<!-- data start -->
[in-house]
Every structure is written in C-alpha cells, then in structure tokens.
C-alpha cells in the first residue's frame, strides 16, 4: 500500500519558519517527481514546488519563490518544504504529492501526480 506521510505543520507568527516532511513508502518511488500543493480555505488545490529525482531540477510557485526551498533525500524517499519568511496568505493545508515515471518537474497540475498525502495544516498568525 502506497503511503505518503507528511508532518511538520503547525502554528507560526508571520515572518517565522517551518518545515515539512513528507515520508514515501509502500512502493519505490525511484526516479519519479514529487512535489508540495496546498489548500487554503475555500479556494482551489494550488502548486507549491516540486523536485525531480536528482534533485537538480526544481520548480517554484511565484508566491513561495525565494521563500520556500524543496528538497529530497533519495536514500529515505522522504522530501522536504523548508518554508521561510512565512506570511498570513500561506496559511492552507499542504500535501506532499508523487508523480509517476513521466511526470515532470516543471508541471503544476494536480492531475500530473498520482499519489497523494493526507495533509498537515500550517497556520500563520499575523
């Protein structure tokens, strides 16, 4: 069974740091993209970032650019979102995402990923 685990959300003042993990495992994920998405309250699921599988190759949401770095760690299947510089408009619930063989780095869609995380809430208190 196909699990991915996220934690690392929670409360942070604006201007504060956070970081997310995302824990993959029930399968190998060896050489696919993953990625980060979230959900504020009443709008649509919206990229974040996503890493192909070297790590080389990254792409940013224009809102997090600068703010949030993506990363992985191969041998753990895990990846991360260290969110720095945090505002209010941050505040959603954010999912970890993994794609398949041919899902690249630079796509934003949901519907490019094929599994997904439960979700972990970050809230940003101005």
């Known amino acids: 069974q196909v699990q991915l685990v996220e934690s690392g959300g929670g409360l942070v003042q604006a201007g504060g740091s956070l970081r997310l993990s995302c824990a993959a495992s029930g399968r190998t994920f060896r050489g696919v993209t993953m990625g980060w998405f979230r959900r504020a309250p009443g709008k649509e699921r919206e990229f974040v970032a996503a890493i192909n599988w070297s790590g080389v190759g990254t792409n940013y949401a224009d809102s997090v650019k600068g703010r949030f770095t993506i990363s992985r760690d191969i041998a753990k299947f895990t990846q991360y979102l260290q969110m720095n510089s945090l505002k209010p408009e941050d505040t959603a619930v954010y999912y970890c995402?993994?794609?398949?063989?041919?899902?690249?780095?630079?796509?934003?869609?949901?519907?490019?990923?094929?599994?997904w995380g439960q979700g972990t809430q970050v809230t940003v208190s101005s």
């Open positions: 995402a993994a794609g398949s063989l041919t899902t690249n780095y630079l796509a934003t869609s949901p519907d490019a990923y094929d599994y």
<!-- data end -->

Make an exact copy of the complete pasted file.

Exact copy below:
[in-house]
Every structure is written in C-alpha cells, then in structure tokens.
C-alpha cells in the first residue's frame, strides 16, 4: 500500500519558519517527481514546488519563490518544504504529492501526480 506521510505543520507568527516532511513508502518511488500543493480555505488545490529525482531540477510557485526551498533525500524517499519568511496568505493545508515515471518537474497540475498525502495544516498568525 502506497503511503505518503507528511508532518511538520503547525502554528507560526508571520515572518517565522517551518518545515515539512513528507515520508514515501509502500512502493519505490525511484526516479519519479514529487512535489508540495496546498489548500487554503475555500479556494482551489494550488502548486507549491516540486523536485525531480536528482534533485537538480526544481520548480517554484511565484508566491513561495525565494521563500520556500524543496528538497529530497533519495536514500529515505522522504522530501522536504523548508518554508521561510512565512506570511498570513500561506496559511492552507499542504500535501506532499508523487508523480509517476513521466511526470515532470516543471508541471503544476494536480492531475500530473498520482499519489497523494493526507495533509498537515500550517497556520500563520499575523
């Protein structure tokens, strides 16, 4: 069974740091993209970032650019979102995402990923 685990959300003042993990495992994920998405309250699921599988190759949401770095760690299947510089408009619930063989780095869609995380809430208190 196909699990991915996220934690690392929670409360942070604006201007504060956070970081997310995302824990993959029930399968190998060896050489696919993953990625980060979230959900504020009443709008649509919206990229974040996503890493192909070297790590080389990254792409940013224009809102997090600068703010949030993506990363992985191969041998753990895990990846991360260290969110720095945090505002209010941050505040959603954010999912970890993994794609398949041919899902690249630079796509934003949901519907490019094929599994997904439960979700972990970050809230940003101005």
């Known amino acids: 069974q196909v699990q991915l685990v996220e934690s690392g959300g929670g409360l942070v003042q604006a201007g504060g740091s956070l970081r997310l993990s995302c824990a993959a495992s029930g399968r190998t994920f060896r050489g696919v993209t993953m990625g980060w998405f979230r959900r504020a309250p009443g709008k649509e699921r919206e990229f974040v970032a996503a890493i192909n599988w070297s790590g080389v190759g990254t792409n940013y949401a224009d809102s997090v650019k600068g703010r949030f770095t993506i990363s992985r760690d191969i041998a753990k299947f895990t990846q991360y979102l260290q969110m720095n510089s945090l505002k209010p408009e941050d505040t959603a619930v954010y999912y970890c995402?993994?794609?398949?063989?041919?899902?690249?780095?630079?796509?934003?869609?949901?519907?490019?990923?094929?599994?997904w995380g439960q979700g972990t809430q970050v809230t940003v208190s101005s």
């Open positions: 995402a993994a794609g398949s063989l041919t899902t690249n780095y630079l796509a934003t869609s949901p519907d490019a990923y094929d599994y």